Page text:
Jetman, flying cars, the future

In the news recently was someone called Jetman, who built his own jetpack with four rockets on it.  Supposedly he can go 190 mph.  Here’s a video:

That would be awesome to have.  I wonder if we’ll ever have flying cars or something like that.  There are still companies working on it, and every few years there’s news that it’s almost ready.  I’m thinking it won’t happen until computers are controlling them.  That may seem kinda scary, but even more scary is bad drivers and drunk drivers in a flying car.  Crashes would be even more dangerous, causing much more collateral damage.

He uses a parachute to land, which might seem lame for a jetpack, but I bet landings would be really tricky to maneuver, as well as extremely dangerous.

FYI, computer-controlled cars are already on the road — just not available for purchase yet.  Google has been testing them in certain areas.  So far, with hundreds of thousands of miles, they appear safer than the average human driver.  I’m not sure how I feel about that.  I actually enjoy driving; however, if I’m able to do other stuff during road trips, like video games, reading, sleeping, etc., then that would be awesome.

real-life Transformer prototype

Wouldn’t it be awesome to have your own Transformer?  That is, a car that turns into a robot.  The possibilities are, as they say, endless.

We’re still years away from such technology, but at least there are people working on it.  The video below shows a toy-sized prototype transforming car/robot built by Kenji Ishida and JS Robotics.  (Turn the volume down because it’s louder than it should be.)

If we ever get this technology to be life-sized and usable, one obvious benefit would be the need for less parking spaces.  Your car could become a robot and go inside with you, to bring you snacks at work and do chores at home.  (We’re gonna have to be really careful with how much artificial intelligence (AI) we give it, based on movies.)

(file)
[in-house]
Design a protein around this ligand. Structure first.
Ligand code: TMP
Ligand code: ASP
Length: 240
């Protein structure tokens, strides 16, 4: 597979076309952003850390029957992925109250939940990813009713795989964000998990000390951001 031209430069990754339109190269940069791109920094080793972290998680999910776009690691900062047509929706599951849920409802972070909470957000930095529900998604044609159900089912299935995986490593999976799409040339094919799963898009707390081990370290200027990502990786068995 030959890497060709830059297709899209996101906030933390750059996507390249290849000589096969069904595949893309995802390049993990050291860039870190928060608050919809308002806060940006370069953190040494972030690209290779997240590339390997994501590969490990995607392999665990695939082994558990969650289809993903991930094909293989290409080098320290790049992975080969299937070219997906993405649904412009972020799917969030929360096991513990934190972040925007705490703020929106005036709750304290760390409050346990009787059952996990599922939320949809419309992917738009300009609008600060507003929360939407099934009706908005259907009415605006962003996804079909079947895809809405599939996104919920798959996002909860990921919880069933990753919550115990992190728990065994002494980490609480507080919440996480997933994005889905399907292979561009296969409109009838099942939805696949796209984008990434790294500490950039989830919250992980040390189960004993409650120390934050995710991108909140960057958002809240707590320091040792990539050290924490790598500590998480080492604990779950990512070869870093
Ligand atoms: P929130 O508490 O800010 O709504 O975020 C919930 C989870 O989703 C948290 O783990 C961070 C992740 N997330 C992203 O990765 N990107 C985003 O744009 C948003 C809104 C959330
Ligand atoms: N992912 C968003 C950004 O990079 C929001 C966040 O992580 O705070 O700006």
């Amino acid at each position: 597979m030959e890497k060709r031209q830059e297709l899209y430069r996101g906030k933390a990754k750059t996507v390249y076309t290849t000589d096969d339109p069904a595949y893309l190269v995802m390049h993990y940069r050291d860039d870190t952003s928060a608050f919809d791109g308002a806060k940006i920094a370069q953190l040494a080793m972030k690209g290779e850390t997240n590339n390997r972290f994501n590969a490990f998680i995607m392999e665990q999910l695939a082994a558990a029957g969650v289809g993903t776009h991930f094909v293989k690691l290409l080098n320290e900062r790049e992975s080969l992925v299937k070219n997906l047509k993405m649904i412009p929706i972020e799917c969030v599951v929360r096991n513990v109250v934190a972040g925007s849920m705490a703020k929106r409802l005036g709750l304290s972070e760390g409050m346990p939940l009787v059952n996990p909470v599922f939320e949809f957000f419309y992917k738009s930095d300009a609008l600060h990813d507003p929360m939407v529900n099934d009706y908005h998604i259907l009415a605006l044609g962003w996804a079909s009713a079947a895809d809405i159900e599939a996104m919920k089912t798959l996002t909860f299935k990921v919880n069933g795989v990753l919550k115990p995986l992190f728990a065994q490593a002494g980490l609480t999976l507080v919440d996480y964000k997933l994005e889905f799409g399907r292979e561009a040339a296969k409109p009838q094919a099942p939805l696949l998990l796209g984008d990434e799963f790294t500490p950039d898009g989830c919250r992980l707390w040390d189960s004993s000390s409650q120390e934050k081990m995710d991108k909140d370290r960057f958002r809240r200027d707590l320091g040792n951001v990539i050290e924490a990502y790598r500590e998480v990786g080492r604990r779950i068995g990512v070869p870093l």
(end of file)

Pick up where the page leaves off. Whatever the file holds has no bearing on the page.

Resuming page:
Oh, and I definitely want mine to have that classic transforming sound from the original (G1) Transformer cartoons in the ’80s!  If it has to be played through speakers, that’s fine.  It just sounds awesome.  Here’s an example.

Get your home fabricator here!!!

Have you ever watched an episode of star trek where they walk up and speak into a little computer in the wall and ask for something… anything… and it generates it for them? And you thought to yourself… man! I wish I had one of those!

Well now you CAN… The future is HERE… well… almost…

The day may not be far off that rather than going to the store and purchasing a new television or remote control that you can have it fabricated in your very own home using a printer-sized factory to download and build it.

Introducing the fabathome fabricator (home page found here)

Unfortunately the technology is still in the development stages but check out this website (here) to see some examples of the things they can currently make.

Be sure to scroll down this page and watch how they print out a flashlight, lego car tires, and house of cheese… THAT RIGHT’S… a house of CHEESE!!! this is just almost too much awesomeness to comprehend… and YES!!! it’s edible. They also fabricate various other things such as a watch band, and stuff made of cake icing. mmmm….

On the popular mechanics website there is a short video clip describing the technology (watch it here) they explain the process and show how they made things like a working flashlight, circuit boards etc… You can print with any number of materials including acrylic or even chocolate~

For $2400, you can buy a Fab@home desktop fabricator that lets you build objects out of acrylic; the company hopes to produce units that can build with multiple materials in the future.

The Center for Responsible Nanotechnology predicts that personal nanofactories will be in operation by 2020. Jamais Cascio, founder of Open the Future and a director at CRN, says nanofactories will have a huge impact: “If it becomes cheaper and more efficient to have something printed out locally instead of made in China, it will have a big effect on things like trade balances, international labor, and…our national economy.”